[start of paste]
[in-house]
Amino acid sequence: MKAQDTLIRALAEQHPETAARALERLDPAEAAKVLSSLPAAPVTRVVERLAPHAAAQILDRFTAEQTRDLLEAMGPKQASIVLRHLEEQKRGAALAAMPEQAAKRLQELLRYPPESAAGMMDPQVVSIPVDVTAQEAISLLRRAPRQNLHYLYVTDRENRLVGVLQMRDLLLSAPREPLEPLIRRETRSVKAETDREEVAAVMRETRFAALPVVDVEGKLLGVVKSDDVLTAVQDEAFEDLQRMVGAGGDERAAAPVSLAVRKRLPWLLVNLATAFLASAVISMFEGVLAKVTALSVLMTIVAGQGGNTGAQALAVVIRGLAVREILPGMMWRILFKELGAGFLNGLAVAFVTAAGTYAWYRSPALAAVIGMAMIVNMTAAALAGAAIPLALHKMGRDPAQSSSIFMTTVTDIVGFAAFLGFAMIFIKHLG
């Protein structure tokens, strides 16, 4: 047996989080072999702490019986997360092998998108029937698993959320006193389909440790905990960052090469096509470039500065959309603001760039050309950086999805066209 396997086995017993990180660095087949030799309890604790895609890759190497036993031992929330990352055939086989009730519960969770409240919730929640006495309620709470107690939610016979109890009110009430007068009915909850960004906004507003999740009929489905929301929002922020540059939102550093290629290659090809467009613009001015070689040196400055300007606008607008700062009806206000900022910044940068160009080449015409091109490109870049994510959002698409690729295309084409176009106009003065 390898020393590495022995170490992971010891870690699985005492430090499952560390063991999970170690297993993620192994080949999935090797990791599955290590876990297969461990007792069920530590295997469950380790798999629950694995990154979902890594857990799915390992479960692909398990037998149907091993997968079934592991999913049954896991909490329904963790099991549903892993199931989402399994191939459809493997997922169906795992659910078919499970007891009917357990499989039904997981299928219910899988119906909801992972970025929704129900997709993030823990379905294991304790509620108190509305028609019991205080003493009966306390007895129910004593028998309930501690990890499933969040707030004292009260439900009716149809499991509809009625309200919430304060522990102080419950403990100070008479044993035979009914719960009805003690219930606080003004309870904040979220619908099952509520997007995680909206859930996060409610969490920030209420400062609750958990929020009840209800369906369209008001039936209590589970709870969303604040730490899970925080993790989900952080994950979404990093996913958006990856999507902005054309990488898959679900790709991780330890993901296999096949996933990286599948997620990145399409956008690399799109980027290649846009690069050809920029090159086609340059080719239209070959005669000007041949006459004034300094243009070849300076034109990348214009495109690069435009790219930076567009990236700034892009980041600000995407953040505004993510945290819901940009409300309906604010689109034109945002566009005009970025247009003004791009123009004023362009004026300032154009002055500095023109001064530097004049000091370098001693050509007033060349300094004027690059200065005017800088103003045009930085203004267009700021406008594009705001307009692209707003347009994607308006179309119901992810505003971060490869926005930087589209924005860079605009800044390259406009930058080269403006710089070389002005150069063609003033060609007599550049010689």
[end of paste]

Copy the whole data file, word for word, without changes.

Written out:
[in-house]
Amino acid sequence: MKAQDTLIRALAEQHPETAARALERLDPAEAAKVLSSLPAAPVTRVVERLAPHAAAQILDRFTAEQTRDLLEAMGPKQASIVLRHLEEQKRGAALAAMPEQAAKRLQELLRYPPESAAGMMDPQVVSIPVDVTAQEAISLLRRAPRQNLHYLYVTDRENRLVGVLQMRDLLLSAPREPLEPLIRRETRSVKAETDREEVAAVMRETRFAALPVVDVEGKLLGVVKSDDVLTAVQDEAFEDLQRMVGAGGDERAAAPVSLAVRKRLPWLLVNLATAFLASAVISMFEGVLAKVTALSVLMTIVAGQGGNTGAQALAVVIRGLAVREILPGMMWRILFKELGAGFLNGLAVAFVTAAGTYAWYRSPALAAVIGMAMIVNMTAAALAGAAIPLALHKMGRDPAQSSSIFMTTVTDIVGFAAFLGFAMIFIKHLG
């Protein structure tokens, strides 16, 4: 047996989080072999702490019986997360092998998108029937698993959320006193389909440790905990960052090469096509470039500065959309603001760039050309950086999805066209 396997086995017993990180660095087949030799309890604790895609890759190497036993031992929330990352055939086989009730519960969770409240919730929640006495309620709470107690939610016979109890009110009430007068009915909850960004906004507003999740009929489905929301929002922020540059939102550093290629290659090809467009613009001015070689040196400055300007606008607008700062009806206000900022910044940068160009080449015409091109490109870049994510959002698409690729295309084409176009106009003065 390898020393590495022995170490992971010891870690699985005492430090499952560390063991999970170690297993993620192994080949999935090797990791599955290590876990297969461990007792069920530590295997469950380790798999629950694995990154979902890594857990799915390992479960692909398990037998149907091993997968079934592991999913049954896991909490329904963790099991549903892993199931989402399994191939459809493997997922169906795992659910078919499970007891009917357990499989039904997981299928219910899988119906909801992972970025929704129900997709993030823990379905294991304790509620108190509305028609019991205080003493009966306390007895129910004593028998309930501690990890499933969040707030004292009260439900009716149809499991509809009625309200919430304060522990102080419950403990100070008479044993035979009914719960009805003690219930606080003004309870904040979220619908099952509520997007995680909206859930996060409610969490920030209420400062609750958990929020009840209800369906369209008001039936209590589970709870969303604040730490899970925080993790989900952080994950979404990093996913958006990856999507902005054309990488898959679900790709991780330890993901296999096949996933990286599948997620990145399409956008690399799109980027290649846009690069050809920029090159086609340059080719239209070959005669000007041949006459004034300094243009070849300076034109990348214009495109690069435009790219930076567009990236700034892009980041600000995407953040505004993510945290819901940009409300309906604010689109034109945002566009005009970025247009003004791009123009004023362009004026300032154009002055500095023109001064530097004049000091370098001693050509007033060349300094004027690059200065005017800088103003045009930085203004267009700021406008594009705001307009692209707003347009994607308006179309119901992810505003971060490869926005930087589209924005860079605009800044390259406009930058080269403006710089070389002005150069063609003033060609007599550049010689």